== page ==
Anyway, if you decide to do it maybe we could keep in touch and give each other some moral support along the way?!

    Good Luck!

  • Hi Kelly

    Based on the fact Im going to do similar (london and Comrades) all the advise I have recieved is you can but has already been said one will neeed to be your priority NOT both. For me London will be a training runimage as originally I was going to go for 3.40  with a best of 3.48 but  now going to sneak a sub 4 and nothing more. Hope that helps> GOOD LUCK

  • I'm this close to pressing the buttons to make this happen. If I enter it, I'll be forced to give it 100%, so it will be fine then, but I'm in this "come on, 50 miles is a LLLOOONNNNGGG way you nutter" limbo at the moment!
  • As BBH says it's a great event.  Very friendly and a great race for a first ultra.  Apart from lap 5, which was my lap from hell, I had a fab time this year.  I was really worried about getting round in the cut-off but managed it in 12.31.  Even if you race Embra hard I'm sure you'll have no probs with Kent.
  • image (why does the thinking smilie look so cheesed off)

    I notice on the website there is a discount on entering the Moonlight and 50 mile challenge together. Moonlight would allow me to test some long, slower miles and get used to ultra type pacing before I need to start my serious marathon training.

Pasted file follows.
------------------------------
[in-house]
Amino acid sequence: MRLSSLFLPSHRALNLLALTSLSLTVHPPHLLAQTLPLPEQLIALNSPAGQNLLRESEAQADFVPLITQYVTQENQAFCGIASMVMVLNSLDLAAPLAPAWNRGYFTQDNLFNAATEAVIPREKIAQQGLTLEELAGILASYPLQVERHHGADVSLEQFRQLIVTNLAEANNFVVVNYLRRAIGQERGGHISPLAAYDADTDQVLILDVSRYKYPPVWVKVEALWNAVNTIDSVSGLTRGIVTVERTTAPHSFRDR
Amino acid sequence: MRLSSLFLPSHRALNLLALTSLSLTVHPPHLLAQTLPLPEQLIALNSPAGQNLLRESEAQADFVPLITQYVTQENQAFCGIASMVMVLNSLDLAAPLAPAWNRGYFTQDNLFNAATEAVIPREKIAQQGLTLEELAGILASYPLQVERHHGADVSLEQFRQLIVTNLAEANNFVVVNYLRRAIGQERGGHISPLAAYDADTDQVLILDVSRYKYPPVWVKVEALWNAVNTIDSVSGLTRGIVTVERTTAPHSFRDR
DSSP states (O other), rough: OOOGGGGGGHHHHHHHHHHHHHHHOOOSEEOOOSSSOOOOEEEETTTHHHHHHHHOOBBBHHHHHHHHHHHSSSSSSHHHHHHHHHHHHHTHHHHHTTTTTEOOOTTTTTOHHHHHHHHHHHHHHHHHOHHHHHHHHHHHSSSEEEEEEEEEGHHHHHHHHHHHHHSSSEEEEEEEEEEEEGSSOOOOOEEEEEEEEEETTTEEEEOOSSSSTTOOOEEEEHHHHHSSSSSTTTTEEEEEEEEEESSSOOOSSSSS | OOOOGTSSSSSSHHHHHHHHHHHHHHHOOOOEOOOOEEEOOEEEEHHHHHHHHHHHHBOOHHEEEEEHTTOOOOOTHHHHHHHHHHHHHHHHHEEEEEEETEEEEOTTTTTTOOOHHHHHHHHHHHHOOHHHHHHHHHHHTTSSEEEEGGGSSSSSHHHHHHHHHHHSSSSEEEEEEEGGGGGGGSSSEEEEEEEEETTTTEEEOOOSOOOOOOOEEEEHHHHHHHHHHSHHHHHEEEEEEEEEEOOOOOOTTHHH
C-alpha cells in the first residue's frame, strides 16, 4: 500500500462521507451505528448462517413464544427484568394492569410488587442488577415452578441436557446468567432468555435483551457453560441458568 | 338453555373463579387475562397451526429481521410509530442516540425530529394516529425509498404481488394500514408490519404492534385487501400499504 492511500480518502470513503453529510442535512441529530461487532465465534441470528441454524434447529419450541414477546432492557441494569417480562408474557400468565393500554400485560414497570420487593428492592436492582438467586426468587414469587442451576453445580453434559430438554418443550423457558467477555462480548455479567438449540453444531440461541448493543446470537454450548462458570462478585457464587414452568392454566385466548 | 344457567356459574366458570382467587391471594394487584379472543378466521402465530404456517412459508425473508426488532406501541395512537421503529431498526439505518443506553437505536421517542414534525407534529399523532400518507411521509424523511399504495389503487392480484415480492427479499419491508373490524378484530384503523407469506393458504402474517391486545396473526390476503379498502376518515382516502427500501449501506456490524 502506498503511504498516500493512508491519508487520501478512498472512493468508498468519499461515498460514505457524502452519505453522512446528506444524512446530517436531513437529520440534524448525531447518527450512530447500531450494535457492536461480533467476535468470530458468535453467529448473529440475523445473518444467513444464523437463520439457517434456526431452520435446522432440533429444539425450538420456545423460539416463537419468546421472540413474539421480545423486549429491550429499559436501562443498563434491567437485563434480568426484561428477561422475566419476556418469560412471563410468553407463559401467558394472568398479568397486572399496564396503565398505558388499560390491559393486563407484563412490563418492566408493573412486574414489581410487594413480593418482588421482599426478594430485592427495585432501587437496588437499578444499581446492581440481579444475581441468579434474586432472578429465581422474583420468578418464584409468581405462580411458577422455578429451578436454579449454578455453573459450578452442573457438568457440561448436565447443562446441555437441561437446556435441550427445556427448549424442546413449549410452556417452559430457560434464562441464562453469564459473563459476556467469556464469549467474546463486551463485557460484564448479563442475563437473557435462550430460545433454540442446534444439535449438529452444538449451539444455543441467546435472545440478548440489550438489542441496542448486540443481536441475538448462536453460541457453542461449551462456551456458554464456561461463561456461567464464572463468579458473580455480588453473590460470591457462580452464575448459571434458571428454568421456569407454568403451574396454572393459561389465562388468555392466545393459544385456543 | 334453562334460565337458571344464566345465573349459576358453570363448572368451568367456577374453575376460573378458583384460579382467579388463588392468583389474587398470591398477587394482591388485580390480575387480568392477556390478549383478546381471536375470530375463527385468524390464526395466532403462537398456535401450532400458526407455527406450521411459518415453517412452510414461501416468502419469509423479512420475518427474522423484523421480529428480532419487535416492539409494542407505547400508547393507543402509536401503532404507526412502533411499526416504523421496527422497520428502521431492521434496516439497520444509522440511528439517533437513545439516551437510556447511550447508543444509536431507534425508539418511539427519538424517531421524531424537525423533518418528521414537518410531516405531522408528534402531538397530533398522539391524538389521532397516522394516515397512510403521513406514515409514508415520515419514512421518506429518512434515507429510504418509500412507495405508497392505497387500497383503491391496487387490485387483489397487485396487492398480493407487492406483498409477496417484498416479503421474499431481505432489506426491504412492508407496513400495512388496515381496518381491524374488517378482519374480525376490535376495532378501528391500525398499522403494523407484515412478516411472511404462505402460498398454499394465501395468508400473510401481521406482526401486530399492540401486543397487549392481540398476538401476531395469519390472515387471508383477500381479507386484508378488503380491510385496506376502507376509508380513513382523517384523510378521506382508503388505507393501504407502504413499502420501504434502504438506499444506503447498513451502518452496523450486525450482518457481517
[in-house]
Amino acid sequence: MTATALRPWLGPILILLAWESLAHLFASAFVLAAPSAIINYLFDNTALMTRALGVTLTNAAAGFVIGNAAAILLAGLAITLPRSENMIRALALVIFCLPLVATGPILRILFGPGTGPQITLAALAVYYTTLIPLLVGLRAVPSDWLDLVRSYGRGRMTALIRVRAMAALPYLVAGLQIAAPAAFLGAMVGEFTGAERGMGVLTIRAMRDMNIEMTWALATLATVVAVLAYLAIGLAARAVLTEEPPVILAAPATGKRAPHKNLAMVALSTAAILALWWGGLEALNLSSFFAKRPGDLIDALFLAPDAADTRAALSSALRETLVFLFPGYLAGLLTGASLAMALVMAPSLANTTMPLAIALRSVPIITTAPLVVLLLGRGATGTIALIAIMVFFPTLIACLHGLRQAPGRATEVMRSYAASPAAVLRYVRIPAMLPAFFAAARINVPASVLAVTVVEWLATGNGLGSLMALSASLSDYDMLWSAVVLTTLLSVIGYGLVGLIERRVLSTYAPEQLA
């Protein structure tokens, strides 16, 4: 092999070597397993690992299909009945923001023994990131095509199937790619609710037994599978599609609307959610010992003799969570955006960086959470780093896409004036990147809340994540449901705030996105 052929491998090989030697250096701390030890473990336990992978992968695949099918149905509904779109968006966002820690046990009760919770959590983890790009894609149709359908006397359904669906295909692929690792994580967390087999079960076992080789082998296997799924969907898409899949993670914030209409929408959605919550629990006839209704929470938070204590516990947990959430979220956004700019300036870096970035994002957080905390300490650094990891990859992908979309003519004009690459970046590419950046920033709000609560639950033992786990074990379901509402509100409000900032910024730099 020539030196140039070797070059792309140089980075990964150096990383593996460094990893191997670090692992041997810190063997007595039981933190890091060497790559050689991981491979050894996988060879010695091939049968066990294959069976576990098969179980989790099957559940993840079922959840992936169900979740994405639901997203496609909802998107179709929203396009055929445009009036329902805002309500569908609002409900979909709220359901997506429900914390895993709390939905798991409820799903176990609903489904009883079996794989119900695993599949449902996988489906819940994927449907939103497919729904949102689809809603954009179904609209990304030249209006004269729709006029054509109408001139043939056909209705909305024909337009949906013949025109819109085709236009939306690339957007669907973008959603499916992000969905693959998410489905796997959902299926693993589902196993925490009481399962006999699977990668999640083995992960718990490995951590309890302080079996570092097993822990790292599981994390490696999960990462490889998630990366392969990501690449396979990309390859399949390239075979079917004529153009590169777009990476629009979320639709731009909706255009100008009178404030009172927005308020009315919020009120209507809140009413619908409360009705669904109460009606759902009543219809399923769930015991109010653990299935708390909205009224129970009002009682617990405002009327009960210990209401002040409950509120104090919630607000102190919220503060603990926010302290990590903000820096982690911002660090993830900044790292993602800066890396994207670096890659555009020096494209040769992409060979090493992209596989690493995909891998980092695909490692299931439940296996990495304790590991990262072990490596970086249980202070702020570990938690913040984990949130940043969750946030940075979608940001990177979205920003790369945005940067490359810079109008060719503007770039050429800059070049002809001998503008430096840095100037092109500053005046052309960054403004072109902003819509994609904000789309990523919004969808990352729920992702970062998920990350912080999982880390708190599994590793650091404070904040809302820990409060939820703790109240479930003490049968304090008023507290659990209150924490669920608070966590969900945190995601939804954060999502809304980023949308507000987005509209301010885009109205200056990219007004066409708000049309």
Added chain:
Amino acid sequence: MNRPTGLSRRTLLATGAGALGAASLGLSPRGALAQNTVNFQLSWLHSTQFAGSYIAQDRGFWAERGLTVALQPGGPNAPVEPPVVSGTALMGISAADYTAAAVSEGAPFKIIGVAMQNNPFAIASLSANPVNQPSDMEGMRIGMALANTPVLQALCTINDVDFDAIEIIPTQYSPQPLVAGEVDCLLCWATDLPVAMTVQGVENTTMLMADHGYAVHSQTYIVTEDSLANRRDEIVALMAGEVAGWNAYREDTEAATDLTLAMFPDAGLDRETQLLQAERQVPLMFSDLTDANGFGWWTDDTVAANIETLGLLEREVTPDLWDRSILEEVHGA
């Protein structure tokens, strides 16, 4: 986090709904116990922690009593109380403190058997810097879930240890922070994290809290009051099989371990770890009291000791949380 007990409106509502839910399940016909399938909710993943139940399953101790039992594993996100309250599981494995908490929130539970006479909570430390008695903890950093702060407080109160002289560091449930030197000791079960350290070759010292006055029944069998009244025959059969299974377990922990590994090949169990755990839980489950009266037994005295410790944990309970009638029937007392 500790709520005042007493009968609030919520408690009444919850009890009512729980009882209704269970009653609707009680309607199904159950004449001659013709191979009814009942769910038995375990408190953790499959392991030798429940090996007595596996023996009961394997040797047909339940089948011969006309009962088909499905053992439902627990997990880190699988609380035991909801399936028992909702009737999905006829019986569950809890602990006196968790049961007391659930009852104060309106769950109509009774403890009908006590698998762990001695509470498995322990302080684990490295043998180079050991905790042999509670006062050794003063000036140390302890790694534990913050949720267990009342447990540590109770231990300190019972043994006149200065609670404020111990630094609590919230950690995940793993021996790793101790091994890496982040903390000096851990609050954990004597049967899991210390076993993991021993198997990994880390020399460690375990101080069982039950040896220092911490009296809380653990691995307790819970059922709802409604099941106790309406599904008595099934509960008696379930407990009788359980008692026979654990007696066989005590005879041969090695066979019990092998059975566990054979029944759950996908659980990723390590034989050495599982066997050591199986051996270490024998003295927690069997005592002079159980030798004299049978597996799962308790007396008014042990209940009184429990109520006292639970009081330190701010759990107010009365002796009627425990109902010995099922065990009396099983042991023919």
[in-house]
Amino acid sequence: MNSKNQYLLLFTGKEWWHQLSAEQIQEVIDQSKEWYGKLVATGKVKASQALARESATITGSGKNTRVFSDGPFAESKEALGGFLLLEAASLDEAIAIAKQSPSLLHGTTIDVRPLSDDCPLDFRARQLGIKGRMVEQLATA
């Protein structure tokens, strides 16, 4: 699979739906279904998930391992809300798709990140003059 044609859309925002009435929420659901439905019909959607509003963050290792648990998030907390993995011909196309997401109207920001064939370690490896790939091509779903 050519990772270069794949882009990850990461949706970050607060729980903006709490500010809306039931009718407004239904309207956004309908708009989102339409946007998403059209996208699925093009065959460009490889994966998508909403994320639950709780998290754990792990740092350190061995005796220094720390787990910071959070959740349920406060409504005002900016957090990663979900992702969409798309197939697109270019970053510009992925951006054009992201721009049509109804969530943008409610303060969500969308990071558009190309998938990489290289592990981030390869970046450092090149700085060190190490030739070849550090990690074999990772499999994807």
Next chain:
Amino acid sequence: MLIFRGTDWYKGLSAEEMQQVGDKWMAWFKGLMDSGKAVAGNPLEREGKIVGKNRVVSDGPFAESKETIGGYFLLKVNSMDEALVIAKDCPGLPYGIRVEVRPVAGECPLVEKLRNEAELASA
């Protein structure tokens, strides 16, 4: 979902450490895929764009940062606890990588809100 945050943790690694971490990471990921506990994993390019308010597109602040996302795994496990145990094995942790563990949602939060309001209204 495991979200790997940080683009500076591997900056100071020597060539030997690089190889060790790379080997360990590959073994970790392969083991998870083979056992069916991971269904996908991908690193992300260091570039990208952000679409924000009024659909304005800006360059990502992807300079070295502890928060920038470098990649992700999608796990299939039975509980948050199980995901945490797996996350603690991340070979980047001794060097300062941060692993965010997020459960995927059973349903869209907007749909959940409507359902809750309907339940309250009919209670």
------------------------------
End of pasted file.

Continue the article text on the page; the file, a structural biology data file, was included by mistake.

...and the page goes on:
There is the small matter of then needing to travel all that way twice though and it being my youngest's 3rd birthday on the 28th Feb. Do you think he'd fancy an overnight trip to Kent as a birthday treat? image

  • Hmm, somehow I suspect not!

    When I can get my head round the running at night bit I'll give it a go. 

    Luckily for me the race HQ is only a 90 min or so drive.  Given the state of me when I peeled myself out of the car when I got home anyone would have thought it was a lot further though!!

  • I also did this as my first ultra last year after running London and actually only really decided to do it on the morning of the event without putting any proper training in for it.

    There is no pressure as you can drop out whenever you want to and I only went along hoping to do the marathon distance and maybe one more loop but ended up just carrying on to complete it.I certainly wasn't pushing for any time just seeing what I could do and if you're happy with that then this is a great way to try longer distances as you are never more than 3miles from the HQ and everyone was very encouraging and friendly.

    Your times are much better than mine but is it the time or the distance that you want to aim for?You will be able to do it this,no problem.

  • I ran london this year, 3:30, picked up my training and was on for a sub 3:20 in Sept (Sadly collapsing due ot dehydration..bugger bugger, bugger) and then picked up my distance work again a couple of weeks later, and have it im my mind that if i run at least one 20+miler  per month then i am ready to drop into a marathon or ultra with about 4 weeks notice (i'm not usually any more organised that this to book ahead...)